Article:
Top 10 Contradictions of the PA/EA role!

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To get what I and my manager need, I have to:

1. Keep the goals of my manager at the centre, whilst responding to numerous other requests

2. Build a close relationship with all the ‘important others’, and maintain a distance that allows me to manage interference

3. Lead, drive and cut through, being sure of myself, and yet hold myself in the background, seeking concensus, being tolerant, patient and diplomatic

4. Know exactly what needs to be done, and yet be able to wait, allow others space and time to catch up

5. Be assertive, confident and direct, and yet warm, inviting and humble

6. Be inspiring, dynamic, energetic and also reflective, co-operative and concilitary

7. Be highly effective and efficient, focused and planned, and yet be responsive, able to change direction in a moment and spontaneous

8. Know myself, my personality and leverage off my strengths, whilst flexing my style to get the best out of others and my manager

9. Plan my own time, but be flexible with my schedule

10. Focus on the here and now, and also look into the future and pre-empt

Then you wonder why some days you feel like you have 2 personalities!

Partnering really well with your manager can help ease some of these contradictions and make you work day less frenetic. For example:

* Have you and your manager discussed how you work together, your communication preferences, time wasters, roles and responsibilities, complementary abilities, priorities and truly explored the word ‘partnership’?

* Have you (and your manager) identified key stakeholders, built successful relationship platforms, and are able to trouble-shoot when early warning signs appears that could derail goals?

* Do you have the necessary problem-solving and decision making skills, and are able to create and manage information flow?

* Can you easily influence the most challenging personality in the office, handle conflict quickly and efficiently and maintain the relationship?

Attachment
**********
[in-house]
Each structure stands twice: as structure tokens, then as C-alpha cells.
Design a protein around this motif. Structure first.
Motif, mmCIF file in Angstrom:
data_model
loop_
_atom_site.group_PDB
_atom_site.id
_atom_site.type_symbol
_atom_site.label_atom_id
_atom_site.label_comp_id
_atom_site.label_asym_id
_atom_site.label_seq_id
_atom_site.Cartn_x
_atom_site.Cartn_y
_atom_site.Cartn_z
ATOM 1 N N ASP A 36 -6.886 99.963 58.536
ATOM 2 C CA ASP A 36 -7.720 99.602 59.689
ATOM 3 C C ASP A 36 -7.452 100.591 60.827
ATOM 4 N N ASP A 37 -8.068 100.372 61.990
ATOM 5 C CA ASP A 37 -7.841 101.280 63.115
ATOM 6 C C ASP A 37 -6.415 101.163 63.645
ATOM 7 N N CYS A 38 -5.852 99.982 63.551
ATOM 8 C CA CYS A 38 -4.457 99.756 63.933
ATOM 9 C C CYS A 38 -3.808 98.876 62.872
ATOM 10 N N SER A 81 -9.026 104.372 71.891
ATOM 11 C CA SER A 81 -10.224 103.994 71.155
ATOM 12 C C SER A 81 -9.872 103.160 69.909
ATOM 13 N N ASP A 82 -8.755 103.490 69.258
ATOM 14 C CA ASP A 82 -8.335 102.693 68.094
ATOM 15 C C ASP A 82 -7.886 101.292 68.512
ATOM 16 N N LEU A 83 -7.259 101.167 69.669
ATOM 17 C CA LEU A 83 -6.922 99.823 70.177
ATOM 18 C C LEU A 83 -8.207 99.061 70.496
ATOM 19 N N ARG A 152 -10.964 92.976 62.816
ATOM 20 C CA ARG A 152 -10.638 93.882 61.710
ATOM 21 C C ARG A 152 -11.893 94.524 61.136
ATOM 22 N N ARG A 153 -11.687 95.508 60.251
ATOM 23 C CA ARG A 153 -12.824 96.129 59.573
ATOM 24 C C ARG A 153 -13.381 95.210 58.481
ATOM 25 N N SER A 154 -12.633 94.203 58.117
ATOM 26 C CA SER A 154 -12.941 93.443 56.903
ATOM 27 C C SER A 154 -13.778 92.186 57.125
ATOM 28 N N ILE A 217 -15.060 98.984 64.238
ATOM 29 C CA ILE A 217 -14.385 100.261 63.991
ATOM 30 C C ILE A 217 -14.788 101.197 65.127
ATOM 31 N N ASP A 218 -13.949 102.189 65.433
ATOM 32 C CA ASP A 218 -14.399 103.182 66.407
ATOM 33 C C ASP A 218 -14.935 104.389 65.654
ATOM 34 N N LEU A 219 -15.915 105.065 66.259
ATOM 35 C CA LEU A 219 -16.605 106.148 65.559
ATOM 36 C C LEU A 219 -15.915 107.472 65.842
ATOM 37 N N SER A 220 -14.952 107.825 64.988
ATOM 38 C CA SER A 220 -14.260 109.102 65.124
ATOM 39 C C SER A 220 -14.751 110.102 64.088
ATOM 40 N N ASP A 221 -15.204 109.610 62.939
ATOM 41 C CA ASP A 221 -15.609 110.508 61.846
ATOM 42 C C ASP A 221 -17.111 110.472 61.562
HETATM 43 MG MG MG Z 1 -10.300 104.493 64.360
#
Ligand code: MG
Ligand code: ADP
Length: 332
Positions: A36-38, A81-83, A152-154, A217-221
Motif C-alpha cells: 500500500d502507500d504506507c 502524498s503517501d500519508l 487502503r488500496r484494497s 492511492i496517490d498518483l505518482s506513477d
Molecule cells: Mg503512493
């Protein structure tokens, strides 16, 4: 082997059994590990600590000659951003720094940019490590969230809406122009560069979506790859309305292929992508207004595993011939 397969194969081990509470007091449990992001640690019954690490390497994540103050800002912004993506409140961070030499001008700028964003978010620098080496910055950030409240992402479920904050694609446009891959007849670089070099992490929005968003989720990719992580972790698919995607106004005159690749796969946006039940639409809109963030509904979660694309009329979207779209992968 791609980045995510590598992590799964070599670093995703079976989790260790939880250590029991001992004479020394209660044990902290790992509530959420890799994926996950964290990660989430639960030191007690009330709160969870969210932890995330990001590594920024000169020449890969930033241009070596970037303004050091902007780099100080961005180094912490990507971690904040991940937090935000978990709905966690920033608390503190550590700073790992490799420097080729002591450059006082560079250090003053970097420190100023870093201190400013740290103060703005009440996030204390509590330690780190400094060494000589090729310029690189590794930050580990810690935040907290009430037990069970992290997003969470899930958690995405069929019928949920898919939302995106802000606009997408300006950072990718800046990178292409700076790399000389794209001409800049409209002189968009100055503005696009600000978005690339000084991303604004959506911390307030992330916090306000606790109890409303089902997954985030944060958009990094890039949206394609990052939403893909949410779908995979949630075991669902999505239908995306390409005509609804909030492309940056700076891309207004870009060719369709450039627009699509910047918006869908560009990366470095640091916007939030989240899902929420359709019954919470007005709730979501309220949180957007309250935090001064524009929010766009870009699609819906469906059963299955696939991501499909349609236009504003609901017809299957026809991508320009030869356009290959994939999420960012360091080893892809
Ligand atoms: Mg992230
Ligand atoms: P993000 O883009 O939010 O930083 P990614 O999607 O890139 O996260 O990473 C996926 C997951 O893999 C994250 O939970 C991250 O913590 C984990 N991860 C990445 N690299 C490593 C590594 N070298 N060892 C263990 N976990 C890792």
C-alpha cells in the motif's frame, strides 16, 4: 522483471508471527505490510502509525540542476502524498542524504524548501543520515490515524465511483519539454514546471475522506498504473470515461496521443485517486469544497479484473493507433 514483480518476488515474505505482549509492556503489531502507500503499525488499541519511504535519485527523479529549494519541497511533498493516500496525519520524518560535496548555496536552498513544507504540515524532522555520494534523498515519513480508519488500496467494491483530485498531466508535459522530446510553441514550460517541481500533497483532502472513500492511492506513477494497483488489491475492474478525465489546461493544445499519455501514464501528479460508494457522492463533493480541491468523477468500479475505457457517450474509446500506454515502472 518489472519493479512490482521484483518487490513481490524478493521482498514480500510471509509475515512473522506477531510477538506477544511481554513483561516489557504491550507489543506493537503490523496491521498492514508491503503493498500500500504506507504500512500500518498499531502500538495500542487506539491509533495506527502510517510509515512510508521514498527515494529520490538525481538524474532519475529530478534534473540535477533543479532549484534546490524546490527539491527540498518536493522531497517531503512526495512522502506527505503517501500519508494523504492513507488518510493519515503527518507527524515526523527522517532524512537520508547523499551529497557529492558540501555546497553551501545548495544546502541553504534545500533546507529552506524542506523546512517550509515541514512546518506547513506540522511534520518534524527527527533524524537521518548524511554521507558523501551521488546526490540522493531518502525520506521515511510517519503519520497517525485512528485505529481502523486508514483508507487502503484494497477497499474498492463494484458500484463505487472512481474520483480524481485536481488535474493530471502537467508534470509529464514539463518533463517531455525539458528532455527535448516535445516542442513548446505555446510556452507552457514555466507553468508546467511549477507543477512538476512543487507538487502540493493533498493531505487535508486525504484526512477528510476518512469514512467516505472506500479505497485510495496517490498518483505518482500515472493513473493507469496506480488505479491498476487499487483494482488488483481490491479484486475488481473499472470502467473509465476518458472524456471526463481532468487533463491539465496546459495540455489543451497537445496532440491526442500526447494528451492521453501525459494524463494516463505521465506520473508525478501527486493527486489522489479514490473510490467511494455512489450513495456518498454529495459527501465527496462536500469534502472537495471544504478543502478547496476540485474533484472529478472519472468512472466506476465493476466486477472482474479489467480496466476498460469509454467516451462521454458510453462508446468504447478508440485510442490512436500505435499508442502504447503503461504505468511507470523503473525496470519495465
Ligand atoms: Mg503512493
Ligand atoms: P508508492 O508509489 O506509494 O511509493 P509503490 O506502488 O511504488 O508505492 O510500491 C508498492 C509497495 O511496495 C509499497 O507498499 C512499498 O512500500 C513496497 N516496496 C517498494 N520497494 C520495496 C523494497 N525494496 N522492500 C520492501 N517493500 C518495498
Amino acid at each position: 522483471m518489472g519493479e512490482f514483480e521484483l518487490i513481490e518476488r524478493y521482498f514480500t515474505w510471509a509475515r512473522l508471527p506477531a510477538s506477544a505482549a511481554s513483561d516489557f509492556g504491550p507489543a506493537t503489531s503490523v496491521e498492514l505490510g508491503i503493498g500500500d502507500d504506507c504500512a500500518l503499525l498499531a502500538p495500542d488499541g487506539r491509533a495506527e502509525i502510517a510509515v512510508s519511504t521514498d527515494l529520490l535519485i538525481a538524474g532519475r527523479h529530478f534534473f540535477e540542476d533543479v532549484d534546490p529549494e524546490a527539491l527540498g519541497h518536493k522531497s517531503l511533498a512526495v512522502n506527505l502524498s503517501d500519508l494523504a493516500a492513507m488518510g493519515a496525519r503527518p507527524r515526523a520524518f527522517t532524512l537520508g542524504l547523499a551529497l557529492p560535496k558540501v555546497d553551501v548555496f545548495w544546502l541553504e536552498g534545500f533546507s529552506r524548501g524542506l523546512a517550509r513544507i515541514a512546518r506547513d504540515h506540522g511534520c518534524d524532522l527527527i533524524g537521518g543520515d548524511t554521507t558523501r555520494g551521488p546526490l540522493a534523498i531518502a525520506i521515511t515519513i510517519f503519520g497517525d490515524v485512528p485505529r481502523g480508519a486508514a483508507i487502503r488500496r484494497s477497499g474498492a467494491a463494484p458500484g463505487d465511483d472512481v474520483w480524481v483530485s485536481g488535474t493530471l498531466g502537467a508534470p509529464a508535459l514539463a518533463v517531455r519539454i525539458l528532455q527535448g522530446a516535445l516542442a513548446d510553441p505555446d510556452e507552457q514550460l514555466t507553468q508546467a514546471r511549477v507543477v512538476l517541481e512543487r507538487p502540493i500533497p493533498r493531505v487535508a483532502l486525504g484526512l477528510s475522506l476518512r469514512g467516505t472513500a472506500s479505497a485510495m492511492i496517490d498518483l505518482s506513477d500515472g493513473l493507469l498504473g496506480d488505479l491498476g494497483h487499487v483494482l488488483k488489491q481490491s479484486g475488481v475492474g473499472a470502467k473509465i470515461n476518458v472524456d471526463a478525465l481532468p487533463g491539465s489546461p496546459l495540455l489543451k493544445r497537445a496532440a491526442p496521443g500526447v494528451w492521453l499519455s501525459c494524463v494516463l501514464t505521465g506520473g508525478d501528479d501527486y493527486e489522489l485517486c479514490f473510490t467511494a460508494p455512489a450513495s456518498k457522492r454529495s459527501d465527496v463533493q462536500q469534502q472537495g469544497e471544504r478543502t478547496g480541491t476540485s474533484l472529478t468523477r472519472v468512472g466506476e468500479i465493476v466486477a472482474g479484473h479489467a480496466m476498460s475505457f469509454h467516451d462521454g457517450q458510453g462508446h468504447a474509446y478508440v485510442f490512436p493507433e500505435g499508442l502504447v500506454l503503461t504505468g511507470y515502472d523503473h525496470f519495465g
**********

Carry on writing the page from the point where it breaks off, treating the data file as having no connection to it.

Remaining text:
Penny facilitates Bright*Star’s training course on ‘Partnering with Your Manager’

Written by Penny Holden

NEW Speakers for Web 201320Master facilitator, high calibre industry recognised trainer, and people and culture capability consultant, Penny Holden brings 20 years real business and workplace experience, expertise and knowledge. With an extensive background in behavioural  sciences, psychology, education and organisational development and people capability, she applies this in simple and effective ways to her workshops and projects. Penny is particularly recognised for her ability to work with anyone at any level with respect and robust appropriate learning methods.

Seeing the Big Picture: Developing Business Acumen for Organisational Awareness

“We have three innate psychological needs—competence, autonomy, and relatedness. When those needs are satisfied, we’re motivated, productive, and happy.”

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These are the words of Daniel H. Pink in his insightful book, ‘Drive: The Surprising Truth About What Motivates Us’. Fascinating,don’t you think, that we can overlook something as obvious as the core needs for people to feel like they do their jobs well, that they have some degree of control, and that they have a sense of connection, or ‘relatedness’ to their work and their organisation. It’s hard to feel deeply connected to your work, or your workplace, when you potentially have a limited or incomplete understanding of the business roadmap. As EAs and PAs we often develop exceptional knowledge and insights into the functioning of our own roles, those that we support, and the key stakeholders with whom we interact, but there’s a bigger context. Sometimes it’s that bigger context where a deeper understanding and broader awareness could make a profound difference to the way we shape our perspectives, make decisions, add value, establish our profile and generally interact with other people in a professional capacity. So how do you build your ‘business acumen’ and cultivate a higher level of organisational awareness in your role as an EA or PA? In reality, it’s about becoming better informed, and staying current in terms of how your organisation operates, competes, sustains itself, grows, and contributes to its customers, industries and communities.

In practical terms, there many ways to achieve this, but here are five simple things that you can do to cultivate your business intelligence and stay connected and purposeful in your work:

#1 Dedicate time to having conversations with experts within your business Experts love to share their expertise, so create opportunities to learn what you can from them about their role, their teams and their goals. Once you have a basic understanding of their roles and how their part of the operation works, you’ll be better placed to continue these conversations on a regular basis, and constantly learning more about how each part of the organisation can help make other parts more successful.